Reading about the history of Loebs also prompted me to take a better look at the older copies I have on my shelf, and at the … editorialising… that went on. I spent a fair chunk of last night giggling. Take a look at this translation of Catullus 16, from my Loeb edition of 1918.

 

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That’s one way to get around obscenity – just miss out the dodgy lines altogether, and present the rest as ‘a fragment’! I also rather liked this translator’s note, disclaiming responsibility for some of the most bowdlerised poems – it makes me wonder what arguments were going on behind the scenes…

 

 

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I’ll leave you with the inimitable Virginia Woolf, who reviewed the Loeb Classical Library in 1917. She wrote, among other things, that ‘The Loeb Library, with its Greek or Latin on one side of the page and its English on the other, came as a gift of freedom… The existence of the amateur was recognised by the publication of this Library, and to a great extent made respectable…’, and finally, ‘we shall never be independent of our Loeb’. A hundred years later, she’s still right.

 

 

 

 

 

This week from around the Classical Internet

 

 

News

Huge statue at the Temple of Zeus – The Guardian 

Mary Beard on Boris’ Latin – The Times

A tribute to Anton Powell – CUCD

 

 

Pies
From Classical Studies Memes for Hellenistic Teens

 

 

Comfort Classics this week

Comfort Classics: Liz Webb on Thucydides

Comfort Classics: Alex Imrie on Dio Cassius

Comfort Classics: Tony Keen on Carry On Cleo

 

 

Comment and Opinion

Happiness is an activity – Classical Wisdom 

Courage and reconciliation – What Would Cicero Do? 

Edward Lear and the Rebus – A Don’s Life 

Decolonising the Classics – The Spectator

How did ancient cities weather crises? [Greg Woolf] – Nature 

No higher law – Classics at the Intersections 

Truth in myth – Kiwi Hellenist 

Poems as women – Rogue Classicism

Hipparchus and Philostratus – Georgy Kantor’s Blog 

What would you preserve? – Society for Classical Studies

 

 

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Podcasts, video and other media

Democracy Rises – Casting Through Ancient Greece

Greek naval warfare – The History of Ancient Greece Podcast

The Persians livestream, 25th July – Ekathimerini

 

 

medusa6
From Classical Studies Memes for Hellenistic Teens

12 thoughts on “Weekend Reading: The Love of Loebs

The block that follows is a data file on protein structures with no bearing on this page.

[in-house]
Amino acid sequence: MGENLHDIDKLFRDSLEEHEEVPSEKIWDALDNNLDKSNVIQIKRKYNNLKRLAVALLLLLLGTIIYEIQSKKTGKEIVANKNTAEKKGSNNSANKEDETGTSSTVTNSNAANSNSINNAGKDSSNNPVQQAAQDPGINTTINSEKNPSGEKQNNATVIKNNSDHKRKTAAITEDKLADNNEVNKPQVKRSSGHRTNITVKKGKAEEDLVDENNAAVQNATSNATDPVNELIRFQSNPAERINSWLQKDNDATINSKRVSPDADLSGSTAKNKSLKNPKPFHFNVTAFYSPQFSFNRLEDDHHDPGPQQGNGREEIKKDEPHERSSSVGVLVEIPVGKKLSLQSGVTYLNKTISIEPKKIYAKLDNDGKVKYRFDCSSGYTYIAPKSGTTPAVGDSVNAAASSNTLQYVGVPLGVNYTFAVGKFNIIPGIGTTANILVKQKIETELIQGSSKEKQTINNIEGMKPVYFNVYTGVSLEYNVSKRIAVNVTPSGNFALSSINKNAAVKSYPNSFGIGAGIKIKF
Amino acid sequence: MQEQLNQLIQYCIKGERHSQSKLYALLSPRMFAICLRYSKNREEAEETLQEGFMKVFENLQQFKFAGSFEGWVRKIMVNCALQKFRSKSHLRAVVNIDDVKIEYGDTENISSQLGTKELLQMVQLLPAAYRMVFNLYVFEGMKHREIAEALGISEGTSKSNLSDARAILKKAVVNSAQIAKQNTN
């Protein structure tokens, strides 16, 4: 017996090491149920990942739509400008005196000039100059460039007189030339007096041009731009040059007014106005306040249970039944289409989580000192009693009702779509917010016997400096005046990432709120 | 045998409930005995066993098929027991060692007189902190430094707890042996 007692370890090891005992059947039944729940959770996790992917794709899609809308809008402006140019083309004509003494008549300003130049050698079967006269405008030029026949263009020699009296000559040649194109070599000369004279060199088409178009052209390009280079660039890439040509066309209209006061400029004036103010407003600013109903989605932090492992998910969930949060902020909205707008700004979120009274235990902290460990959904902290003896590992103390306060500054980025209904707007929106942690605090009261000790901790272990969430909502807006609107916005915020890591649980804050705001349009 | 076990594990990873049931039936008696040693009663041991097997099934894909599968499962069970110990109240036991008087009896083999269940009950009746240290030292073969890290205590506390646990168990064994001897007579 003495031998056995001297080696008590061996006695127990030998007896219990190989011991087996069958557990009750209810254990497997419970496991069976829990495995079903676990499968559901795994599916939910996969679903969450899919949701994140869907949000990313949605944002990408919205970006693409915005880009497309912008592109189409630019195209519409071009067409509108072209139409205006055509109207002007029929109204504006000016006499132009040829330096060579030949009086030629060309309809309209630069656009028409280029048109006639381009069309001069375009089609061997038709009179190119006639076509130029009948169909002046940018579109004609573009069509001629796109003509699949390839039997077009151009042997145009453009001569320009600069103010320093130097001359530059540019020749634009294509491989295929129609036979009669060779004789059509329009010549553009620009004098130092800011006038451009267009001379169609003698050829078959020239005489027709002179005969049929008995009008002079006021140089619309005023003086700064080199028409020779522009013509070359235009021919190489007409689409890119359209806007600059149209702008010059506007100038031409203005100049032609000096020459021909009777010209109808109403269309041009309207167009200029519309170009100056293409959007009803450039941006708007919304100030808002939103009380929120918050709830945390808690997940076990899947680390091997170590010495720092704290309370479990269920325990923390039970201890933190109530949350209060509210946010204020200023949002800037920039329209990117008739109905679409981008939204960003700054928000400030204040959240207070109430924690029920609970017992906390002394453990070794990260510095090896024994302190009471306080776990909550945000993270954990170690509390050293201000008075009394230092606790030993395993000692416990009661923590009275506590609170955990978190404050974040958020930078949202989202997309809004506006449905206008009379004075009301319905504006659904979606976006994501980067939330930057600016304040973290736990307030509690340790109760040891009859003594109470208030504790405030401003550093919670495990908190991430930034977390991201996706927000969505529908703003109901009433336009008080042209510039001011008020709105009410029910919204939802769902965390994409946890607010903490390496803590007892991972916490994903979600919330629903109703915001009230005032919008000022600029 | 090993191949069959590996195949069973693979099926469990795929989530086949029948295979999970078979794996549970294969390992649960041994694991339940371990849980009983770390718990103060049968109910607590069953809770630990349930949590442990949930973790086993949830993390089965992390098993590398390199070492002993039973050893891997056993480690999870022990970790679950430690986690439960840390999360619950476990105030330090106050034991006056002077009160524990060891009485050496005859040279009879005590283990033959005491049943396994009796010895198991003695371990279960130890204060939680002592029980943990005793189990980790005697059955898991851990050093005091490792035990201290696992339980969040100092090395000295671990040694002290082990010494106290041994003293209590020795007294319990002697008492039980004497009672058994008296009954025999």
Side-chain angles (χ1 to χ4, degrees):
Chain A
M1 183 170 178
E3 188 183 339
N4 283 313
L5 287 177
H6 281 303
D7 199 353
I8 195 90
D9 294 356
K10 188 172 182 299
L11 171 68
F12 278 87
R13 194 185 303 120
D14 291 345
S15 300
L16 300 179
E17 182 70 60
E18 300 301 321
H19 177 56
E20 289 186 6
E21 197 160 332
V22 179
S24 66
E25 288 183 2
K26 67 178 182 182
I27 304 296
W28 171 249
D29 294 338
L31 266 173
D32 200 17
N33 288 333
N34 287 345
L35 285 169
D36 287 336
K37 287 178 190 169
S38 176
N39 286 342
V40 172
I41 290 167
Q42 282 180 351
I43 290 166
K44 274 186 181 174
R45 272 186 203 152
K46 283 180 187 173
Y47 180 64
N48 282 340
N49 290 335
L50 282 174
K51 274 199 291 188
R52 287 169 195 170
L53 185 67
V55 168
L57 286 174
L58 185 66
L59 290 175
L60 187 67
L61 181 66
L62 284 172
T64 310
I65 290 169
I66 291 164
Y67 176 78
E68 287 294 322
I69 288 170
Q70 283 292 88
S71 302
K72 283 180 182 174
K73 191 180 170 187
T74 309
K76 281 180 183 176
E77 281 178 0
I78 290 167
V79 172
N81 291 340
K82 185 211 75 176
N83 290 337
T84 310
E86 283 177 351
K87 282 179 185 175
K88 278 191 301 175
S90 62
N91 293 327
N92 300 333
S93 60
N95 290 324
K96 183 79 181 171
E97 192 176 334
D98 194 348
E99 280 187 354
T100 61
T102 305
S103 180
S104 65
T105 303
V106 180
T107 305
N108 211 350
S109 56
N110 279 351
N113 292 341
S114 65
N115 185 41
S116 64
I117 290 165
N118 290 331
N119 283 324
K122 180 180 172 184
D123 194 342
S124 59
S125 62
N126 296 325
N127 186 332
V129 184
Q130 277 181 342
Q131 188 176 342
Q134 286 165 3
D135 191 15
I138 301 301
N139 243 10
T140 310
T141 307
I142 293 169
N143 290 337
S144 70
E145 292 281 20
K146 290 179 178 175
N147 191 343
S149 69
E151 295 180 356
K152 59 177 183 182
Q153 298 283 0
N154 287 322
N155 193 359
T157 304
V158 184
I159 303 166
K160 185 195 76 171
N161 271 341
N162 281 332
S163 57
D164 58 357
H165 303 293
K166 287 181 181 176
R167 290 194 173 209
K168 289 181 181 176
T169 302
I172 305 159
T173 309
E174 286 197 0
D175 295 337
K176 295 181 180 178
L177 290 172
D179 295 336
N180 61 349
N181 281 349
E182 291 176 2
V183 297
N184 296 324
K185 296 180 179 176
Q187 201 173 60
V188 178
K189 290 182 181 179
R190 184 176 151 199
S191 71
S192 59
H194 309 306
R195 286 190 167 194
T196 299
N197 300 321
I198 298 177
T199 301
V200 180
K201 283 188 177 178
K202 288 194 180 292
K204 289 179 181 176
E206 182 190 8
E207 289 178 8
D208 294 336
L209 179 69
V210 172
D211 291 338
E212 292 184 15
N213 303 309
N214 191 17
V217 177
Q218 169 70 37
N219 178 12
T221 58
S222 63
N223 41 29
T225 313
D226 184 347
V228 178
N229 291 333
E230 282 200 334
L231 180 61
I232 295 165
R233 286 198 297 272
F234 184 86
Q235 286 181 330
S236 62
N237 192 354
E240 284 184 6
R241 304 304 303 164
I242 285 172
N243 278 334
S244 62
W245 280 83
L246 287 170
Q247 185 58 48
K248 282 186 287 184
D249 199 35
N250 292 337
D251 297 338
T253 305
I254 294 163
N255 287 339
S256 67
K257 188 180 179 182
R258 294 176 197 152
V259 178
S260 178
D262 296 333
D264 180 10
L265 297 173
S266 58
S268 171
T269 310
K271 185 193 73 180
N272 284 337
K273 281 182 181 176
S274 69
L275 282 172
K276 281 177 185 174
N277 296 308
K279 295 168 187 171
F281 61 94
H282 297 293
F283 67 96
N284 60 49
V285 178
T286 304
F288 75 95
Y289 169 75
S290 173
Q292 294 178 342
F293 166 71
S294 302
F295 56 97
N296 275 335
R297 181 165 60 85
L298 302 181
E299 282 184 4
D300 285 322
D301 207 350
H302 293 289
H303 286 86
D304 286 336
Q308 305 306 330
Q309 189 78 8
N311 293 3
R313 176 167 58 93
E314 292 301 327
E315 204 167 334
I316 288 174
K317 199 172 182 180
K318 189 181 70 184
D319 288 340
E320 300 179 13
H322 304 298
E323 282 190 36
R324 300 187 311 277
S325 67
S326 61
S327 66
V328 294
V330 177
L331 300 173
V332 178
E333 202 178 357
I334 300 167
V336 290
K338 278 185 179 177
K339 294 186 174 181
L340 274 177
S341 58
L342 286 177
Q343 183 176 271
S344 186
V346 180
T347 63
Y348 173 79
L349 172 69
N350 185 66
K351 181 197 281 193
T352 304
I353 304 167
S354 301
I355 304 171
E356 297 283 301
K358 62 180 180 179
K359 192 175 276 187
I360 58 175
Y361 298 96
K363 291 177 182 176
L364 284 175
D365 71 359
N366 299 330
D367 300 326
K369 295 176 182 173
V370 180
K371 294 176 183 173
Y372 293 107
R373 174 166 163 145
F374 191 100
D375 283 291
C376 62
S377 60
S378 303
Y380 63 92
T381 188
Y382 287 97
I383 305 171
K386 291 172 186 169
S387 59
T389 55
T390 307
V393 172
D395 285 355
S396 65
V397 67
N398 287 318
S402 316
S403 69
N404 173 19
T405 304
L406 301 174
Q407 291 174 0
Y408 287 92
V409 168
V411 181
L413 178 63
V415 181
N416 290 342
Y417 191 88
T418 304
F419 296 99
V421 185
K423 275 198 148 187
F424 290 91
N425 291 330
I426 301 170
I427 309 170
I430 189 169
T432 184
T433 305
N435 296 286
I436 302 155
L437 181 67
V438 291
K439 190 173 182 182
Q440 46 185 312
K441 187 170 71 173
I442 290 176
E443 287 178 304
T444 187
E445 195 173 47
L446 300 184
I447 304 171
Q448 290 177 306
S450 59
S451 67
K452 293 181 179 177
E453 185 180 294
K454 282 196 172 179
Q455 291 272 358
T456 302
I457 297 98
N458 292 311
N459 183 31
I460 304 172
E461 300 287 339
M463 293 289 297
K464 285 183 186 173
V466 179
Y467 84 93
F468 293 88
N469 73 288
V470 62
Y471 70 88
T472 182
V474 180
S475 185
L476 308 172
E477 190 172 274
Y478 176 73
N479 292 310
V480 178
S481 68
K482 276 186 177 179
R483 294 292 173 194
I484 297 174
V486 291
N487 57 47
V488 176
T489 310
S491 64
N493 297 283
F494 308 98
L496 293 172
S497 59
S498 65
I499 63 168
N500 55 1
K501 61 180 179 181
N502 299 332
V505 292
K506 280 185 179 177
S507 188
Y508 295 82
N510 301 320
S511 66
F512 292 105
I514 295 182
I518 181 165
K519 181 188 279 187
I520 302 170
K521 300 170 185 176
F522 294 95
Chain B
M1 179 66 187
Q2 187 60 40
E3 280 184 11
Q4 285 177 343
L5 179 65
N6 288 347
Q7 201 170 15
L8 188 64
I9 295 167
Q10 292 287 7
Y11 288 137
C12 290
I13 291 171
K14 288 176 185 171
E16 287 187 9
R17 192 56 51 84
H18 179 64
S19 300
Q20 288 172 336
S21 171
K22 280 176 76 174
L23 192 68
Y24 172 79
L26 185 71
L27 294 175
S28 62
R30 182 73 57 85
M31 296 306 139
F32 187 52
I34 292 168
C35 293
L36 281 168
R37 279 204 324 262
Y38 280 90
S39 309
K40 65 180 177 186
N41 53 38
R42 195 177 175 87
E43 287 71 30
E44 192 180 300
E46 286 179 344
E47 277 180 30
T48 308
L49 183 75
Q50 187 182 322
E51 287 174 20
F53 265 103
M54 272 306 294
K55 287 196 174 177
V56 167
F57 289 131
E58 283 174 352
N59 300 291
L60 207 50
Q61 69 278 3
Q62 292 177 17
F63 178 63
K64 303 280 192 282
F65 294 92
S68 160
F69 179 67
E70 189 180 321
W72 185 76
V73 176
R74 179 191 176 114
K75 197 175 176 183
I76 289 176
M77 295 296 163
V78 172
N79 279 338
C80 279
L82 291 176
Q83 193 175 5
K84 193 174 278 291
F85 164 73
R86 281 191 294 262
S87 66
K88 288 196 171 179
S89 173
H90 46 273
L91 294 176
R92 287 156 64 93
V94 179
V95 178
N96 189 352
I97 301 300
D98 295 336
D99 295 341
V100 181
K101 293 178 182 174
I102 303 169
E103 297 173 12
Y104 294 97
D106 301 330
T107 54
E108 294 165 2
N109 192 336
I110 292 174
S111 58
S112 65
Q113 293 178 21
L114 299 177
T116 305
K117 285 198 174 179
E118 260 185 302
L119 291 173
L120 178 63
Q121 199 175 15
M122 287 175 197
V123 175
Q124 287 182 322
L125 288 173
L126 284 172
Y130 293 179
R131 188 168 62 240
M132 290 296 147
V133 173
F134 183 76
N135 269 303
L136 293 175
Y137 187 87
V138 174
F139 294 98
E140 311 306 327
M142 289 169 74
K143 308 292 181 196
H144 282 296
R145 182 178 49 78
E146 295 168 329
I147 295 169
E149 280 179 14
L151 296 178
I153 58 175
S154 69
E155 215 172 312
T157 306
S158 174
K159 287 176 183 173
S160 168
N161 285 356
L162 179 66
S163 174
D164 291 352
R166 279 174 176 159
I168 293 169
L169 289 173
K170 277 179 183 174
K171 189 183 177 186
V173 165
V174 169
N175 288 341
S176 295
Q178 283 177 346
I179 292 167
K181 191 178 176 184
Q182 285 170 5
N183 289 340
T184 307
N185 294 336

1. I went to a greek school as a kid in London on Wednesday nights and Saturdays all day.. they taught us modern greek grammar and literature.. I liked it but didn’t inspire me until a new teacher turned up with the idea to introduce and give us all lessons in ancient Greek followed by photocopies of his loeb Sophocles Antigone… Loeb (and Mr Yianakis) changed my direction of passion in literature.. I didn’t peruse it as a career due other factors.. but the passion remained.. and still remains.

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  2. I picked up a salvaged fire-damaged Aeneid dirt-(specifically: soot smeared)-cheap from what was the university bookshop (now Blackwells) in Newcastle nearly forty years ago. The Classics section then (in my memory, at any rate) was notably extensive. Now it’s down to half a dozen narrow shelves. One has to hope that this doesn’t symbolise subject shrinkage but, rather, the great digital shift with its accompanying expansion of access to Classics. Or is that overly optimistic?

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  3. Inimitable is the perfect word for Virginia Woolf, and keeping with the Classical theme, one of my favourite essays from the wonderful “The Common Reader”, is “On Not Knowing Greek”, in which Woolf remarks on the primaeval strangeness of Classical Greek.
    As wonderful as Loebs are, and they are a pleasure to read, and I have lots of green ones, let me speak up for the pleasure of reading the lovely, spare text of the OCT, and they too are quite portable… I even have a green one, Ovid’s Metamorphoses, which I dip into now and again!

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    1. True – I love the OCT as well (although for spareness and elegance, nothing quite measures up to the old Foulis Press!). But the OCT lack that… friendliness that you get from a Loeb, I think.

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      1. Oh, I have a Foulis Aeschylus 1746! You’re right, the print is elegant, like a cross between Garamond’s Grecs du Roi and the present Porson style (though I’m guessing you have a Horace or the like).